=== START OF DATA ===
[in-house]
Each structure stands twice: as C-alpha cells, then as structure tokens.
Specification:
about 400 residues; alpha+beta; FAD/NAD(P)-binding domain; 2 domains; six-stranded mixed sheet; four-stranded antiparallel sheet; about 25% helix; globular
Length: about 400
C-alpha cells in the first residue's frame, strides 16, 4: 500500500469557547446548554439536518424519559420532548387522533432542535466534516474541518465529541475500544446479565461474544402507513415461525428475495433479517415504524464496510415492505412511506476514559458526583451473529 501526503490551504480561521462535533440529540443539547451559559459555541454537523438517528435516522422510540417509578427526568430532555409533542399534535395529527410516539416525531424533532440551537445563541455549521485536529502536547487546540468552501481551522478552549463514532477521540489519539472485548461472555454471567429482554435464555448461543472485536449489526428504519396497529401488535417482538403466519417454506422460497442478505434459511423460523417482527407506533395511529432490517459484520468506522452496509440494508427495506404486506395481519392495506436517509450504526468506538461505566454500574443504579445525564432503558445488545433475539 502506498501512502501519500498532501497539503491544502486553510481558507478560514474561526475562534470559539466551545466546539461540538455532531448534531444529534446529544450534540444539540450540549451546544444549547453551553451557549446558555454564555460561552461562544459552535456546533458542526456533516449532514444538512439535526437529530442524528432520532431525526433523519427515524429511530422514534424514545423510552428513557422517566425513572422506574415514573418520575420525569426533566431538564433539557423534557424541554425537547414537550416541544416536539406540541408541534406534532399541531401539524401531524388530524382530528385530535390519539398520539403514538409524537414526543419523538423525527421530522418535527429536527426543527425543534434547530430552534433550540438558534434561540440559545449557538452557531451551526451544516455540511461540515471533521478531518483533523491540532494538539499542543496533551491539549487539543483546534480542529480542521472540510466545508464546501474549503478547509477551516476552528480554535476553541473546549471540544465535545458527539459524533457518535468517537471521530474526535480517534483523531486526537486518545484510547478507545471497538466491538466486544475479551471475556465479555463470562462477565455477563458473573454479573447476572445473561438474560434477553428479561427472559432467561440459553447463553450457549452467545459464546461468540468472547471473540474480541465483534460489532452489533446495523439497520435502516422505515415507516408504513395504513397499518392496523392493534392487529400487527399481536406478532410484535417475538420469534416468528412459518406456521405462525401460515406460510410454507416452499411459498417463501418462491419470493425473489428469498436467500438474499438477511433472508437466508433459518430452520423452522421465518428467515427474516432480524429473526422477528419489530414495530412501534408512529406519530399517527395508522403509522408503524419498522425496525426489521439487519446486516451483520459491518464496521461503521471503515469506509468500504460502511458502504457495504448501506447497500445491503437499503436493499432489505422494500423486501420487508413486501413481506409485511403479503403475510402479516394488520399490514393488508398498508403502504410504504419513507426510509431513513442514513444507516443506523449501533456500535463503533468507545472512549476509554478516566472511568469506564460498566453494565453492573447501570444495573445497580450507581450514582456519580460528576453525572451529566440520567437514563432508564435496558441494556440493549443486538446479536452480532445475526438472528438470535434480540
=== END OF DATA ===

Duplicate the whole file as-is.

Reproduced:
[in-house]
Each structure stands twice: as C-alpha cells, then as structure tokens.
Specification:
about 400 residues; alpha+beta; FAD/NAD(P)-binding domain; 2 domains; six-stranded mixed sheet; four-stranded antiparallel sheet; about 25% helix; globular
Length: about 400
C-alpha cells in the first residue's frame, strides 16, 4: 500500500469557547446548554439536518424519559420532548387522533432542535466534516474541518465529541475500544446479565461474544402507513415461525428475495433479517415504524464496510415492505412511506476514559458526583451473529 501526503490551504480561521462535533440529540443539547451559559459555541454537523438517528435516522422510540417509578427526568430532555409533542399534535395529527410516539416525531424533532440551537445563541455549521485536529502536547487546540468552501481551522478552549463514532477521540489519539472485548461472555454471567429482554435464555448461543472485536449489526428504519396497529401488535417482538403466519417454506422460497442478505434459511423460523417482527407506533395511529432490517459484520468506522452496509440494508427495506404486506395481519392495506436517509450504526468506538461505566454500574443504579445525564432503558445488545433475539 502506498501512502501519500498532501497539503491544502486553510481558507478560514474561526475562534470559539466551545466546539461540538455532531448534531444529534446529544450534540444539540450540549451546544444549547453551553451557549446558555454564555460561552461562544459552535456546533458542526456533516449532514444538512439535526437529530442524528432520532431525526433523519427515524429511530422514534424514545423510552428513557422517566425513572422506574415514573418520575420525569426533566431538564433539557423534557424541554425537547414537550416541544416536539406540541408541534406534532399541531401539524401531524388530524382530528385530535390519539398520539403514538409524537414526543419523538423525527421530522418535527429536527426543527425543534434547530430552534433550540438558534434561540440559545449557538452557531451551526451544516455540511461540515471533521478531518483533523491540532494538539499542543496533551491539549487539543483546534480542529480542521472540510466545508464546501474549503478547509477551516476552528480554535476553541473546549471540544465535545458527539459524533457518535468517537471521530474526535480517534483523531486526537486518545484510547478507545471497538466491538466486544475479551471475556465479555463470562462477565455477563458473573454479573447476572445473561438474560434477553428479561427472559432467561440459553447463553450457549452467545459464546461468540468472547471473540474480541465483534460489532452489533446495523439497520435502516422505515415507516408504513395504513397499518392496523392493534392487529400487527399481536406478532410484535417475538420469534416468528412459518406456521405462525401460515406460510410454507416452499411459498417463501418462491419470493425473489428469498436467500438474499438477511433472508437466508433459518430452520423452522421465518428467515427474516432480524429473526422477528419489530414495530412501534408512529406519530399517527395508522403509522408503524419498522425496525426489521439487519446486516451483520459491518464496521461503521471503515469506509468500504460502511458502504457495504448501506447497500445491503437499503436493499432489505422494500423486501420487508413486501413481506409485511403479503403475510402479516394488520399490514393488508398498508403502504410504504419513507426510509431513513442514513444507516443506523449501533456500535463503533468507545472512549476509554478516566472511568469506564460498566453494565453492573447501570444495573445497580450507581450514582456519580460528576453525572451529566440520567437514563432508564435496558441494556440493549443486538446479536452480532445475526438472528438470535434480540